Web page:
And there it is!  As I drove north on Highway 101 Friday there was about a 12-mile section of the road which runs parallel and almost directly adjacent to the beach, although it most places you can’t see it unless you look through the breaks in the trees.  Unlike in California and Oregon, where 101 is usually very close to the ocean, the majority of Highway 101 on Washington state runs well inland.

And before I turned inland at Ruby Beach I spotted this off the coast:


That is the lighthouse out on Destruction Island, which is about 3 1/2 miles offshore.  Here are some pictures I found online:

DestructionIsland gwlocphoto

(Photo credit: gwlocphoto George White Location Photography)

destruction2 lighthousefriends

(Photo credit:

The lighthouse sits on a roughly 30 acre island.  It was first lit in 1892 and is 94 feet tall.  It’s use was discontinued in 2008 and it, and the island it sits on, are not open to the public.

Forks and La Push, Washington

Friday as I traveled north on Highway 101 I stopped in the little town of Forks, which is located inland.  I also took Highway 110, just north of Forks, about 15 miles to the even smaller town of La Push, located out on the coast.

I didn’t know about this until I saw a brochure earlier in the trip but Forks and La Push were the actual towns where the Twilight books and movies were set.  For those of you who may not be familiar with Twilight, it was a series of movies (based on the books) which told the love story of a high school romance which developed between Bella, the damsel seeking affection, and Edward and Jacob who were competing for her hand in marriage.  Oh, and to keep the story interesting for a few followup books and movie sequels, Edward was a vampire and Jacob was a werewolf.  No need to issue a spoiler alert, the first movie came out ten years ago and you either know about this or you don’t.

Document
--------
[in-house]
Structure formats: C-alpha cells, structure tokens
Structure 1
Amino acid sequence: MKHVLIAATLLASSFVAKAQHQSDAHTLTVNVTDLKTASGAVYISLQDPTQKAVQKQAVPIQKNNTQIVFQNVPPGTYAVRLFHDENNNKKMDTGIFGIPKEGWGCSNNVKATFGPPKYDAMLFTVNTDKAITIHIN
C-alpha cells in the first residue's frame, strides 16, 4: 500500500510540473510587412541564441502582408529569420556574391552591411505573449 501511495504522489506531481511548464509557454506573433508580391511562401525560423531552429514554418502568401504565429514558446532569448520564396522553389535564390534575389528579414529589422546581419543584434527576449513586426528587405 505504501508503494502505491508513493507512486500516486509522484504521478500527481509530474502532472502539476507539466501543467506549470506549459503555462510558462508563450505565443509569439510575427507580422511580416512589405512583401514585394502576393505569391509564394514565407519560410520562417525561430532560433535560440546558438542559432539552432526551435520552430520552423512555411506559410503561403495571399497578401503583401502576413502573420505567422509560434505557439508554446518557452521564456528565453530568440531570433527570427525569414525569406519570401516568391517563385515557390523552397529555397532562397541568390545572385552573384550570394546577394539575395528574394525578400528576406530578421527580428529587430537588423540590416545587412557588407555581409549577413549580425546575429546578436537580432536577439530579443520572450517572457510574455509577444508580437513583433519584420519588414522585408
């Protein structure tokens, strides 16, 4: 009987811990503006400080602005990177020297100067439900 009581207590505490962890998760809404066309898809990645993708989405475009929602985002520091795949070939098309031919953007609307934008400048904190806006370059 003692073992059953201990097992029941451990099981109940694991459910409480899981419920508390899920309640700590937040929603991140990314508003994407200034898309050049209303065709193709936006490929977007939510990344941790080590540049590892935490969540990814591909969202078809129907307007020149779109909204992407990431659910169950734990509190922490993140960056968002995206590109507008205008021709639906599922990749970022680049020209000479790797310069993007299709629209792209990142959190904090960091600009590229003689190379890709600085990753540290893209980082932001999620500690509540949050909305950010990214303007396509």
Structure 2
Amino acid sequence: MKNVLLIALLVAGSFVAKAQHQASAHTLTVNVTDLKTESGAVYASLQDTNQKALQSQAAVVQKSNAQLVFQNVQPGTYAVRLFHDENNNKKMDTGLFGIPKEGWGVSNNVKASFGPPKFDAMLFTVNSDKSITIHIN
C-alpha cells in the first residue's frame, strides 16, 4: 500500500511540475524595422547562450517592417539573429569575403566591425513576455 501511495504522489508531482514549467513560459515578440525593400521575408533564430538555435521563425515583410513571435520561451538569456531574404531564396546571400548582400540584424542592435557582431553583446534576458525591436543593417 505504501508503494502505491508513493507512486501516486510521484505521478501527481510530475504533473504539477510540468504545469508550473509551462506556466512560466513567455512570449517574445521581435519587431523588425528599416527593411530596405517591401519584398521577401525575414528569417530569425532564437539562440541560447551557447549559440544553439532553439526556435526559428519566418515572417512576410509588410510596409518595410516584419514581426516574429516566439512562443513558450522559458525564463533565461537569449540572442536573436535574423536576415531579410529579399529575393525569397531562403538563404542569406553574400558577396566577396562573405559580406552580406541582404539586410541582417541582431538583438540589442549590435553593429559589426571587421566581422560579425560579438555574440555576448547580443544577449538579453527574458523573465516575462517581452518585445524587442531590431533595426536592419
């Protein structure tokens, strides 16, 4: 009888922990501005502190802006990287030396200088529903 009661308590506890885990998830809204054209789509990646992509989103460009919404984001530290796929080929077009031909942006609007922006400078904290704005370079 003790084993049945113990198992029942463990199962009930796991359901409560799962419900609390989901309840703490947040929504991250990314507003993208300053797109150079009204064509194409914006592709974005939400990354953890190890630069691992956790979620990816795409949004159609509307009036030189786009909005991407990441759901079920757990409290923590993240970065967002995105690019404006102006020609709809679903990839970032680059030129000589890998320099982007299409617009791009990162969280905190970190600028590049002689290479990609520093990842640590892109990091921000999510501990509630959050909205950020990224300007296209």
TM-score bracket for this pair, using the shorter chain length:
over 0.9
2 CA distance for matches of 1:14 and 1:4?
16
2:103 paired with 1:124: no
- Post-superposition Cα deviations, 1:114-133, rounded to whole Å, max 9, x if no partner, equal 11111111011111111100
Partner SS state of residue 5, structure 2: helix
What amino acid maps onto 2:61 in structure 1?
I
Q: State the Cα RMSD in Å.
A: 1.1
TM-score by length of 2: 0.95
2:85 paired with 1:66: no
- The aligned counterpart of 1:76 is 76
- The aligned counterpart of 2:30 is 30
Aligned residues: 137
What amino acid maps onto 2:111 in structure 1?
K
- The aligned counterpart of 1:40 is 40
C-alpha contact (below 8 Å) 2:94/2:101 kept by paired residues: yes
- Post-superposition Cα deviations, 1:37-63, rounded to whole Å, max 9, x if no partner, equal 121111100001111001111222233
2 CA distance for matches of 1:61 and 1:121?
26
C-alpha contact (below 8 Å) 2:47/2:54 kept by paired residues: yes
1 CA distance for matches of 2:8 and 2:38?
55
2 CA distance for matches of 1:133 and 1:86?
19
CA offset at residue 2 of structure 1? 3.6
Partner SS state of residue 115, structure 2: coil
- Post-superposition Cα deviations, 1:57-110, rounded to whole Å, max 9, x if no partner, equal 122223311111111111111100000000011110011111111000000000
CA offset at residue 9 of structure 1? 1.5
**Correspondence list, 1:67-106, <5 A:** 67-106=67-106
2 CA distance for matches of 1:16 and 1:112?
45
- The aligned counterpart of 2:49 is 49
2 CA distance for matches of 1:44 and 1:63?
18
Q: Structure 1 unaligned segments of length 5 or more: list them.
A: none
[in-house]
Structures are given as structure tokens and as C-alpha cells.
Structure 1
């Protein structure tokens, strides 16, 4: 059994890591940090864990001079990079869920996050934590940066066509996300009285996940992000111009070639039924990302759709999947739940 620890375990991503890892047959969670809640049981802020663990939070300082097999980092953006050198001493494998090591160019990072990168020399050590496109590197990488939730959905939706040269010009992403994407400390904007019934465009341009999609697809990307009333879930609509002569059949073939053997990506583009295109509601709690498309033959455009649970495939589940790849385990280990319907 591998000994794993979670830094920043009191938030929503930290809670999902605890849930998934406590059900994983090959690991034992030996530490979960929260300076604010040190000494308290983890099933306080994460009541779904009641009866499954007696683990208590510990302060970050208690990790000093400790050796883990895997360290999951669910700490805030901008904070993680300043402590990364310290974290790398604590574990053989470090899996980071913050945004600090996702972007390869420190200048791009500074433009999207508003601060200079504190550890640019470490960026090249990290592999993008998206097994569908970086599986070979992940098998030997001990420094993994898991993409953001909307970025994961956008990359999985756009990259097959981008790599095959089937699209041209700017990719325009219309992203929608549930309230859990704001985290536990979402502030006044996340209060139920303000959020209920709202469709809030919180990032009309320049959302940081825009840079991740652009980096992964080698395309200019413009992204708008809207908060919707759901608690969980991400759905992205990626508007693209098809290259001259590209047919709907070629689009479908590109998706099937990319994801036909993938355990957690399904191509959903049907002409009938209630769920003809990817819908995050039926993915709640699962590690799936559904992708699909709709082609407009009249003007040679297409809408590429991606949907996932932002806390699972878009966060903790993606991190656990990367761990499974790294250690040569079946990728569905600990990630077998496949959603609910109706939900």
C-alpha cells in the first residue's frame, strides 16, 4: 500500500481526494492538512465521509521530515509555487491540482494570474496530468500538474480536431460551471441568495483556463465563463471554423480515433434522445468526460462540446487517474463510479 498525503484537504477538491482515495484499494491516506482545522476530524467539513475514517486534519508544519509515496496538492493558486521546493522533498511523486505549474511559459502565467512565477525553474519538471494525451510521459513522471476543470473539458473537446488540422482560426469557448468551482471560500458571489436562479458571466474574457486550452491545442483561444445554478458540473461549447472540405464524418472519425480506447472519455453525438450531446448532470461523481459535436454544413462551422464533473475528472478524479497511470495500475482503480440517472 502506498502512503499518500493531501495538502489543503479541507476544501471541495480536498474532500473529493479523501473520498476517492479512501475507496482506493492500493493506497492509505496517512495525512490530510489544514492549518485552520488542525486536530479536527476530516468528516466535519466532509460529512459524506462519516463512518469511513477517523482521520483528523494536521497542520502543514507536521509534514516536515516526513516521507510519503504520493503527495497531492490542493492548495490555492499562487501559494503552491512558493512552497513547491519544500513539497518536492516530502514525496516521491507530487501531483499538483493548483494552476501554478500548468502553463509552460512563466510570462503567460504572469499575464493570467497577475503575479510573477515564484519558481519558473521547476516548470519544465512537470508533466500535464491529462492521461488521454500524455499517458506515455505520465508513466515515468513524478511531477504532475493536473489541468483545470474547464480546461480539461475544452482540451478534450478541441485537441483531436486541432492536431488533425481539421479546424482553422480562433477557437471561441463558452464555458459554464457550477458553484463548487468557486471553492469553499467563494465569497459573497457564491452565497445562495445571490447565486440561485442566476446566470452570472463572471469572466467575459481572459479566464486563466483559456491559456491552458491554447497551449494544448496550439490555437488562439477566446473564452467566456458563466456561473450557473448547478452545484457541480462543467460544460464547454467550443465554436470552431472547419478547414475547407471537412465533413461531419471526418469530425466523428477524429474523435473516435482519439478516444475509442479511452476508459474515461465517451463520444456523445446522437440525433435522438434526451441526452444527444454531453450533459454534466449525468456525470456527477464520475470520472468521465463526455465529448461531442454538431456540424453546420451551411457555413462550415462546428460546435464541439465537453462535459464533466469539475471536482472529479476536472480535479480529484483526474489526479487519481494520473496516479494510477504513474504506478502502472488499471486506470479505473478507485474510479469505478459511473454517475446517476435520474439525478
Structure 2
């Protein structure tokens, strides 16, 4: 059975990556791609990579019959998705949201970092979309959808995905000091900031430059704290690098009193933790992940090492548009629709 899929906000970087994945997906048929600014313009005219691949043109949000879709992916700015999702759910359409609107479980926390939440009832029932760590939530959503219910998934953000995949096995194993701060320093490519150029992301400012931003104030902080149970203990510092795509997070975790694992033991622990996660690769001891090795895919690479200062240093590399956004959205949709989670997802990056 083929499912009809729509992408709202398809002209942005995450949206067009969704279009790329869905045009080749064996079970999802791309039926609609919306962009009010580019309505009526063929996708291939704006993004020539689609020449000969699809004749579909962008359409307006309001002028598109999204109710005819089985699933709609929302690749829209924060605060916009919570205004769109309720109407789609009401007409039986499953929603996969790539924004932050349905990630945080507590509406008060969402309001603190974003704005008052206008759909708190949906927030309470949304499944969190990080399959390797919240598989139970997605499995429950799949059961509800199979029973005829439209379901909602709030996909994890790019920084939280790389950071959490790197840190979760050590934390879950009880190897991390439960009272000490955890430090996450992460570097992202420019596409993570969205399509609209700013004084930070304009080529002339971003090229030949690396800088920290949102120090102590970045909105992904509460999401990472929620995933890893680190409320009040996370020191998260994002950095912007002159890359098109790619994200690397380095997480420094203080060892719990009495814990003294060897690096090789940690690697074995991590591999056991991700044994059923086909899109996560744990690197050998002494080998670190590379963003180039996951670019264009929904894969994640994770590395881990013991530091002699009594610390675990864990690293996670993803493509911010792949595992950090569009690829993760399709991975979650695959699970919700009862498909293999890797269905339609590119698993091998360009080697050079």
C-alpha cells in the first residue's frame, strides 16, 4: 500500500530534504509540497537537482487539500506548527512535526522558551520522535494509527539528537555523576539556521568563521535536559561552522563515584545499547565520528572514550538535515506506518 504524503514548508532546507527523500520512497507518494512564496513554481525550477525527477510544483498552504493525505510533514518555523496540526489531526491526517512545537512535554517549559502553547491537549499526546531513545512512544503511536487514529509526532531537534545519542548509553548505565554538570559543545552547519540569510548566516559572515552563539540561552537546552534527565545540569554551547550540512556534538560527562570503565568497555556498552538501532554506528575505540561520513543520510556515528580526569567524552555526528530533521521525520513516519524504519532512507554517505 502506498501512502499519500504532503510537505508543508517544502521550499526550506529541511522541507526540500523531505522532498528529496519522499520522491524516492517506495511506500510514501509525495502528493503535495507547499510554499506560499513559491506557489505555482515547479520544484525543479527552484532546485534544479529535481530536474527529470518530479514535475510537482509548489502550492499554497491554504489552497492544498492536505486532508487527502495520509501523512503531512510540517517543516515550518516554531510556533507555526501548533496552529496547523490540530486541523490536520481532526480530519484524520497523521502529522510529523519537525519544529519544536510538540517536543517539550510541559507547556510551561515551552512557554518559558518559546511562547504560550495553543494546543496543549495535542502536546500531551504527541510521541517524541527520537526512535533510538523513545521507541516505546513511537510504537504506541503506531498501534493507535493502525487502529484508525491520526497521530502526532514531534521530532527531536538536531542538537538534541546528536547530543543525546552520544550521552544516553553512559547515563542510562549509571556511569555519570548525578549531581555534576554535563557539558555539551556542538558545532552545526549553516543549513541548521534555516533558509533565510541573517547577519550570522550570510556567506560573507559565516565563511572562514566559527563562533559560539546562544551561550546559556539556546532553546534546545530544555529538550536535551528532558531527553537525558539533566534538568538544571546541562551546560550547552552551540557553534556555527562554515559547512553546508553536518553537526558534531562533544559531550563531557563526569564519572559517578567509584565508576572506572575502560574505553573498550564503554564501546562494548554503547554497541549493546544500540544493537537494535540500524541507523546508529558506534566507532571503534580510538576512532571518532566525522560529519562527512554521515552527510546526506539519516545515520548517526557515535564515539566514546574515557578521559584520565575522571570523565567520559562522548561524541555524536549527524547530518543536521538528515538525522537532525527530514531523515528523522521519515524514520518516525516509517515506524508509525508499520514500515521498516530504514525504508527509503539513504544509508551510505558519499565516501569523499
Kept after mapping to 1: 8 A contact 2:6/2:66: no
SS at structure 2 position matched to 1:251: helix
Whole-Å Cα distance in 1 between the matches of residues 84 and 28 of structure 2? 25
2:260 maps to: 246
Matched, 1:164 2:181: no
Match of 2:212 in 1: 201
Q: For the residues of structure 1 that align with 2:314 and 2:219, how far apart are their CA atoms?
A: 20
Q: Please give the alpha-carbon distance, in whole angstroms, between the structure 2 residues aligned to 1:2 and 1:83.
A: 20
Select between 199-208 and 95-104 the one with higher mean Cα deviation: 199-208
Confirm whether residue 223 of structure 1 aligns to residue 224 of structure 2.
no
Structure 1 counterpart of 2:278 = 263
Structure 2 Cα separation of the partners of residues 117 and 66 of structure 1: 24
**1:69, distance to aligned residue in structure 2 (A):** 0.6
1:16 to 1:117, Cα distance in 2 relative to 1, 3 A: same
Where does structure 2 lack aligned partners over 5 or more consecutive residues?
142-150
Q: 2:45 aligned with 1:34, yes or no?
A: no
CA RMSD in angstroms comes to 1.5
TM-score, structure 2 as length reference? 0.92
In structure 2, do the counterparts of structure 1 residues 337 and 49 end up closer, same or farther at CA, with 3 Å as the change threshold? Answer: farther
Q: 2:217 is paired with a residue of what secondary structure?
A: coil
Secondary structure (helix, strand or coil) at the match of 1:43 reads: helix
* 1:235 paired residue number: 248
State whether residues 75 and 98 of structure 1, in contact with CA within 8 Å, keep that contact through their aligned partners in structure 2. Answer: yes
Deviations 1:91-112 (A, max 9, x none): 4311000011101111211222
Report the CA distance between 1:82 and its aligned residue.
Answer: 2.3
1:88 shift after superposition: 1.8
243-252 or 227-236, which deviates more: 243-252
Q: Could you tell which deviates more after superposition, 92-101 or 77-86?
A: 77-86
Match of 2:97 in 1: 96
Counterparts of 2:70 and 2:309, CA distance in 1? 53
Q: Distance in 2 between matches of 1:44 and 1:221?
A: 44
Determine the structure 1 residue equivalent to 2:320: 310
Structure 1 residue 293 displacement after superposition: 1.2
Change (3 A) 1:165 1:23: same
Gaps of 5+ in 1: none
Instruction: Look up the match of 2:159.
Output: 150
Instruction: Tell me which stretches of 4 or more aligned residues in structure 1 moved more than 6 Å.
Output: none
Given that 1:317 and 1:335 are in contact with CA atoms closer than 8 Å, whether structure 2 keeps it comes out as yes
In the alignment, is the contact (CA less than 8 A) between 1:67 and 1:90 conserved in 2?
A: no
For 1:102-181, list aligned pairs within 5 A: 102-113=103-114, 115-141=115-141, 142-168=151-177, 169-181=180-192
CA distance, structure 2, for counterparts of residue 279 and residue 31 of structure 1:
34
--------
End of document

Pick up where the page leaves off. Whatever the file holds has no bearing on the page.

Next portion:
Evidently teenage girls have traveled here from all over the world, as evidenced by the “pin maps” on the wall of the Forks Visitor Center:



Never in my life have I seen one of these maps with so many pins in them!  I tried to get a shot showing that in some places they were 2 or 3 deep but I couldn’t get the right effect.  I didn’t put a pin in because: a) there wasn’t room, and b) I thought if I did it might be the straw that broke the camel’s back and the map would tumble to the floor and there’d be pins EVERYWHERE.

Well, before you drop everything to make your pilgrimage to Forks and La Push be advised – (here’s your spoiler alert) exactly none of the scenes in the movies were filmed here.  Zip, zero, nada.  While footage was taken of the exterior of the town entry sign, the high school, the grocery store where Bella shopped (I bought a sandwich there, not knowing I was on hallowed ground), and the hardware store next door where Bella worked, the actual scenes “from those places” were filmed in other parts of Washington, Oregon and up in Vancouver, Canada.  Even the exterior beach scene wasn’t filmed in La Push or just up the beach at Rialto Beach, but near Cannon Beach down in Oregon.